Most likely it's a clumsy attempt to throw disinformation shade at rivals.) Returning to the regulation point, an EU proposal -- the Digital Services Act -- is set to introduce some transparency requirements on large digital platforms, as part of a wider package of accountability measures. And asked about this Geurkink described the DSA as "a promising avenue for greater transparency". But she suggested the legislation needs to go further to tackle recommender systems like the YouTube AI. "I think that transparency around recommender systems specifically and also people having control over the input of their own data and then the output of recommendations is really important -- and is a place where the DSA is currently a bit sparse, so I think that's where we really need to dig in," she told us. One idea she voiced support for is having a "data access framework" baked into the law -- to enable vetted researchers to get more of the information they need to study powerful AI technologies -- i.e. rather than the law trying to come up with "a laundry list of all of the different pieces of transparency and information that should be applicable", as she put it.
At times, found the report, the algorithm even encourages users to watch videos that violate the website's content policies. YouTube's algorithm is recommending videos that viewers wish afterwards that they hadn't seen, according to research carried out by Mozilla. And at times, found the report, the algorithm even encourages users to watch videos that are later found to have violated the website's content policies. Last year, Mozilla launched RegretsReporter, an open-source browser extension that lets users report videos that they were recommended and which they wish they hadn't ended up watching. When filing a report, users are asked to provide the video's title, description, view count and entry point (whether by direct search or through recommended content); and they can also provide Mozilla with a "trail" of how they arrived at the reported video.
From cute cat videos to sourdough bread recipes: sometimes, it feels like the algorithm behind YouTube's "Up Next" section knows the user better than the user knows themselves. Often, that same algorithm leads the viewer down a rabbit hole. How many times have you spent countless hours clicking through the next suggested video, each time promising yourself that this one would be the last one? The scenario gets thorny when the system somehow steers the user towards conspiracy theory videos and other forms of extreme content, as some have complained. To get an idea of how often this happens and how, the non-profit Mozilla Foundation has launched a new browser extension that lets users take action when they are recommended videos on YouTube that they then wish they hadn't ended up watching.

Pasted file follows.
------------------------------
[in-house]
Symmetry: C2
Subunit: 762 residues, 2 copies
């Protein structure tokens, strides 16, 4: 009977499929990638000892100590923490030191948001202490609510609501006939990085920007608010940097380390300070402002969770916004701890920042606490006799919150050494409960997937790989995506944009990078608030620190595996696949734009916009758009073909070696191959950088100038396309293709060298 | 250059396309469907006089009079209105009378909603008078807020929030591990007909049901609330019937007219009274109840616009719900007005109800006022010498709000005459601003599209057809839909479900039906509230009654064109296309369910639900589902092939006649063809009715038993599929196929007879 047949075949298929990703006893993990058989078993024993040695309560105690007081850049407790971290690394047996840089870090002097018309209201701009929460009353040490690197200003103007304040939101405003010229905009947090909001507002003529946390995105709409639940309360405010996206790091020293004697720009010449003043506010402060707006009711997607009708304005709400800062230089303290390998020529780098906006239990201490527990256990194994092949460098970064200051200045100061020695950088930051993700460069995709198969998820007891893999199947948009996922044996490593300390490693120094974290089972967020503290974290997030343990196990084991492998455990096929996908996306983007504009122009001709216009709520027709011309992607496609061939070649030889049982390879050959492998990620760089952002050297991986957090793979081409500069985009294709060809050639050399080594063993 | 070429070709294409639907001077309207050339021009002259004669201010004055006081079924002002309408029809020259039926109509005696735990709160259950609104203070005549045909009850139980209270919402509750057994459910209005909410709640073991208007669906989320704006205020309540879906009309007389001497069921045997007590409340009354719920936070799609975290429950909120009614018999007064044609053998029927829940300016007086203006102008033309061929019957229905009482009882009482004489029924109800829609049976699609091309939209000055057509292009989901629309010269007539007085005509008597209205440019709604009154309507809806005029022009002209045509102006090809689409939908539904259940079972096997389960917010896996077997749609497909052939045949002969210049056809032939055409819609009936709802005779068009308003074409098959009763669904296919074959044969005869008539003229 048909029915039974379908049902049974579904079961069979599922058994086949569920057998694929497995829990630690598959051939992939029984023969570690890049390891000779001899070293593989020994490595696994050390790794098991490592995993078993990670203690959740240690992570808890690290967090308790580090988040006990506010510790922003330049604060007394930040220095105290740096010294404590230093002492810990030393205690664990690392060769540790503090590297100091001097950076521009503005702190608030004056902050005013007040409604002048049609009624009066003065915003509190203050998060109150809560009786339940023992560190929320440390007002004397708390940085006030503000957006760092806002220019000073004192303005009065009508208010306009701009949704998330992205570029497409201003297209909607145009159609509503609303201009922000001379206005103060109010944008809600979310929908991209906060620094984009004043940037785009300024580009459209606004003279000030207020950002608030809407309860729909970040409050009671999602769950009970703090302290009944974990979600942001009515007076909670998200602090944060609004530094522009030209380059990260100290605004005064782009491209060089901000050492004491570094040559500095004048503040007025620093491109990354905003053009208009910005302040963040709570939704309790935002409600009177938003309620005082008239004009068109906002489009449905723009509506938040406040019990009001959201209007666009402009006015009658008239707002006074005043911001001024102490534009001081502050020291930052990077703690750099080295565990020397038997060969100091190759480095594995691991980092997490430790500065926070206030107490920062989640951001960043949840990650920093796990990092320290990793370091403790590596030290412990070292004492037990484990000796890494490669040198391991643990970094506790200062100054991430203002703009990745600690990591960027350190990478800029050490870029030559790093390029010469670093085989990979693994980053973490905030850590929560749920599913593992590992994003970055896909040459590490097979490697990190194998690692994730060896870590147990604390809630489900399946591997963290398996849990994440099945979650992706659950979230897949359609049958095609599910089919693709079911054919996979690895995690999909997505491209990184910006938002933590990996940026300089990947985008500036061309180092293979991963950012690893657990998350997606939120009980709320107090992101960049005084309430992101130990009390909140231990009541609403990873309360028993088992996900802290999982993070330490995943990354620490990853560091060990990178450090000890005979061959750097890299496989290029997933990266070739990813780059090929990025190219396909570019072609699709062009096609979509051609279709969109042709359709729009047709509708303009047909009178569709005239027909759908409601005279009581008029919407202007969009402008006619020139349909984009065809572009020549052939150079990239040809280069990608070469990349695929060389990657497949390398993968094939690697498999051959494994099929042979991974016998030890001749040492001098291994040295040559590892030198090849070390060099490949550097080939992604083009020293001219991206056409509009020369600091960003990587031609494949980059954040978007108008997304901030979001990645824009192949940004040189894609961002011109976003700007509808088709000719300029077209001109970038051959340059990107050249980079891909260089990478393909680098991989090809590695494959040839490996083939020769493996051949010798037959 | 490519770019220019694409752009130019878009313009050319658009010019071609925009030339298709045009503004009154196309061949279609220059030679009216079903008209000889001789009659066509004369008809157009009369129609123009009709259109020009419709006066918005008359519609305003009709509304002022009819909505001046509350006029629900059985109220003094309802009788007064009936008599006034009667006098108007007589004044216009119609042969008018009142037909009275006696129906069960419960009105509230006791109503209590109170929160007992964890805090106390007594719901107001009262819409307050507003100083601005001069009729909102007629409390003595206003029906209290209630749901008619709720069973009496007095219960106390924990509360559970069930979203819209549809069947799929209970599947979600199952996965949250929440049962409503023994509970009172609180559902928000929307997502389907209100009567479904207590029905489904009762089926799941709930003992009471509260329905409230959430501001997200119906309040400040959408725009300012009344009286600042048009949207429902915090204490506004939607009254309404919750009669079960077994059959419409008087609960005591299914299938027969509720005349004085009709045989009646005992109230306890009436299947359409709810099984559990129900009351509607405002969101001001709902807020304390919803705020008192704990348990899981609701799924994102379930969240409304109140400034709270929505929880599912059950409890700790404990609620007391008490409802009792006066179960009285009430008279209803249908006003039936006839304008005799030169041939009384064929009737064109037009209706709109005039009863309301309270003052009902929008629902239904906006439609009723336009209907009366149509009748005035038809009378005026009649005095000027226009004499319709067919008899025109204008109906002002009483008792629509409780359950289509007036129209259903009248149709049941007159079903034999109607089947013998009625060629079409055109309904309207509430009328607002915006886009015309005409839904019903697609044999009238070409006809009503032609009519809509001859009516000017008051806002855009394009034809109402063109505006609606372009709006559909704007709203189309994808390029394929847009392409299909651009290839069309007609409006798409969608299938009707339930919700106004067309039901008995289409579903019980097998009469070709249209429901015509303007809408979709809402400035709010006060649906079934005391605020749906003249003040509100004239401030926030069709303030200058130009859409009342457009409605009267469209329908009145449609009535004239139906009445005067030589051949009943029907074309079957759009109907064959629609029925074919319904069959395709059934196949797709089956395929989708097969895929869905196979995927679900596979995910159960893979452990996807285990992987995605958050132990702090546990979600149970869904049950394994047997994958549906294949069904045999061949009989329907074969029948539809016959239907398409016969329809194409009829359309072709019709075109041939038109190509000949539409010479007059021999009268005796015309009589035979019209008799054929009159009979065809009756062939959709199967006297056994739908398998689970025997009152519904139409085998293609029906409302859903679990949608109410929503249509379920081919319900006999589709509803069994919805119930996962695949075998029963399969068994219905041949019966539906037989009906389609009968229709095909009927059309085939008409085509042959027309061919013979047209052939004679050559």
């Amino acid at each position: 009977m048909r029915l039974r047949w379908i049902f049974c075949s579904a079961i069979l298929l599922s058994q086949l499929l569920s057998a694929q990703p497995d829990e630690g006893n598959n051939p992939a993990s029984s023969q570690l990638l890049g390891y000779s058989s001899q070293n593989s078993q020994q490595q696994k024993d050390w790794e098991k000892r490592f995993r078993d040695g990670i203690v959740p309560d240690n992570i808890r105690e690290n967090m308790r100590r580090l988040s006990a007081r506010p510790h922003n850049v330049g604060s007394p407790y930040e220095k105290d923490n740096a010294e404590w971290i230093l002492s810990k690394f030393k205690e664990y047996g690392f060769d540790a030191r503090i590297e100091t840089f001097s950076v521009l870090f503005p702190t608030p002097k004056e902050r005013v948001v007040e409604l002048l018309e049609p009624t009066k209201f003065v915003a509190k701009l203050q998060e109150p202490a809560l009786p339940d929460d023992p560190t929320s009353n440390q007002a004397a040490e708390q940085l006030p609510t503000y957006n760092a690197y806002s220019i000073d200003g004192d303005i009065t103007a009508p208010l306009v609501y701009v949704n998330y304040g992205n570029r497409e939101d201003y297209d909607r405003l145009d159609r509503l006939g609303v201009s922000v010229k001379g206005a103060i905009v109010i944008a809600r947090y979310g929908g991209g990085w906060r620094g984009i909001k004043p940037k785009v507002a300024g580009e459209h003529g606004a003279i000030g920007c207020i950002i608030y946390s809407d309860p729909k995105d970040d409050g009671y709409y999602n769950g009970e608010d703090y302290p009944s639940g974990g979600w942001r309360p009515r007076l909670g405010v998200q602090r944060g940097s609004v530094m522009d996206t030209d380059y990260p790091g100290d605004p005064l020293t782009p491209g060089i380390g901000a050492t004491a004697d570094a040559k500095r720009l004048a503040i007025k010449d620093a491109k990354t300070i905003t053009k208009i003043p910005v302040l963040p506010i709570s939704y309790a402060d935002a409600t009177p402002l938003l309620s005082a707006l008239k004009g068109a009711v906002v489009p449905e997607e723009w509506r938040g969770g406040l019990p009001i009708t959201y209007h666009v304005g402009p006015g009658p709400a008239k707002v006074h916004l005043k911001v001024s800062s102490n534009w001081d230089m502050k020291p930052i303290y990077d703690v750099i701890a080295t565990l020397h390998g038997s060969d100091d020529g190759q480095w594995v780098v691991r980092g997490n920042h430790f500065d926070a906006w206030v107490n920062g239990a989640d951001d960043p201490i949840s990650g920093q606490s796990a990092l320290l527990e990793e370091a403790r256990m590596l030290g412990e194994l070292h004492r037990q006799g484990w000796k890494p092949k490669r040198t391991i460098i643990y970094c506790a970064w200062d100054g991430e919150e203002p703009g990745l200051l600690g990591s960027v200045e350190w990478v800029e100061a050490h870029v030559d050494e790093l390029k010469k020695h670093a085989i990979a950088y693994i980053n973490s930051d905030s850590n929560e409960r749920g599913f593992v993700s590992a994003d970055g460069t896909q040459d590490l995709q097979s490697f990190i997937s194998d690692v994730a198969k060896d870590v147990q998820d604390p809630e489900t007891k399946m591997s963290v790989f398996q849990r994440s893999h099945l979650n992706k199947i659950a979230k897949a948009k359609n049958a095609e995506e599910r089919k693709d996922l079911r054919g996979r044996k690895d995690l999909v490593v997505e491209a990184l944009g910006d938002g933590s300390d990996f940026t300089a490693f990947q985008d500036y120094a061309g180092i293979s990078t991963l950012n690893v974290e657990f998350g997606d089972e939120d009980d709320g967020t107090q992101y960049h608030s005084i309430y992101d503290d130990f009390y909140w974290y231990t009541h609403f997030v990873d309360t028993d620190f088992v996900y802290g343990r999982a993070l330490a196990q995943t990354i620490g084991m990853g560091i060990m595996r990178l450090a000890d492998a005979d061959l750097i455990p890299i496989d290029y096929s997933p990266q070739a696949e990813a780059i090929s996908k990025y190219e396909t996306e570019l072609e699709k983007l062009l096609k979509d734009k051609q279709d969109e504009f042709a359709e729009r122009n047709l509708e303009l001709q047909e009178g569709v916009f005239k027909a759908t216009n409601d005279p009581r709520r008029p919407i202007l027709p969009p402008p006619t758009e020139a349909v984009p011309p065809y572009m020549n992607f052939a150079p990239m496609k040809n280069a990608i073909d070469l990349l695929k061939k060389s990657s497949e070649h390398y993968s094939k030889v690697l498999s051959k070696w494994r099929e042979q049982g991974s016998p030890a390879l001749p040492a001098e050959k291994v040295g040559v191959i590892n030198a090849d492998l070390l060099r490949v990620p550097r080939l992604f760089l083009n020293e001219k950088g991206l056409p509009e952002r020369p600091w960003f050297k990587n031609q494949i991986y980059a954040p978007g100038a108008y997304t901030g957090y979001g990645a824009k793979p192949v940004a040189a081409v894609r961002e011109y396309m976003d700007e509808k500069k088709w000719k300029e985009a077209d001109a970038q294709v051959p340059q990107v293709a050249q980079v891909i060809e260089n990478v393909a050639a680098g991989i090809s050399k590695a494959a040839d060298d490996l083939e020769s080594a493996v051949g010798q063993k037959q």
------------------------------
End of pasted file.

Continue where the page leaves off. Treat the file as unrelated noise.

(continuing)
The algorithm YouTube uses recommends videos that don't follow the company's guidelines YouTube's algorithm recommends videos that violate the company's own policies on inappropriate content, according to a crowdsourced study. Not-for-profit company Mozilla asked users of its Firefox web browser to install a browser extension called RegretsReporter, which tracked the YouTube videos they watched, and asked them whether they regretted watching each video. Between July 2020 and May 2021, 37,380 users flagged 3362 videos they viewed as regrettable – a fraction of 1 per cent of all those they watched. Reports of these videos were highest in Brazil, with about 22 videos out of every 10,000 viewed being logged as regrettable. Researchers then watched the reported videos and checked them against YouTube's content guidelines; they found that 12.2 per cent of the reported videos either shouldn't be on YouTube, or shouldn't be recommended through its algorithm, say the Mozilla researchers.
We've all seen social media posts from our climate change-denying cousin or ultra-liberal college friend, and have wondered how they came to certain conclusions. Mozilla's new project, "TheirTube," is offering a glance at theoretical YouTube homepages for users in six different categories -- fruitarian, doomsday prepper, liberal, conservative, conspiracist and climate denier. Through these different personas, Mozilla hopes to demonstrate how YouTube's recommendation algorithm could confirm certain biases. The six personas were created after Mozilla conducted interviews with real YouTube users who experienced similar recommendation bubbles. An account was created for each persona which was then subscribed to channels that the interviewees followed.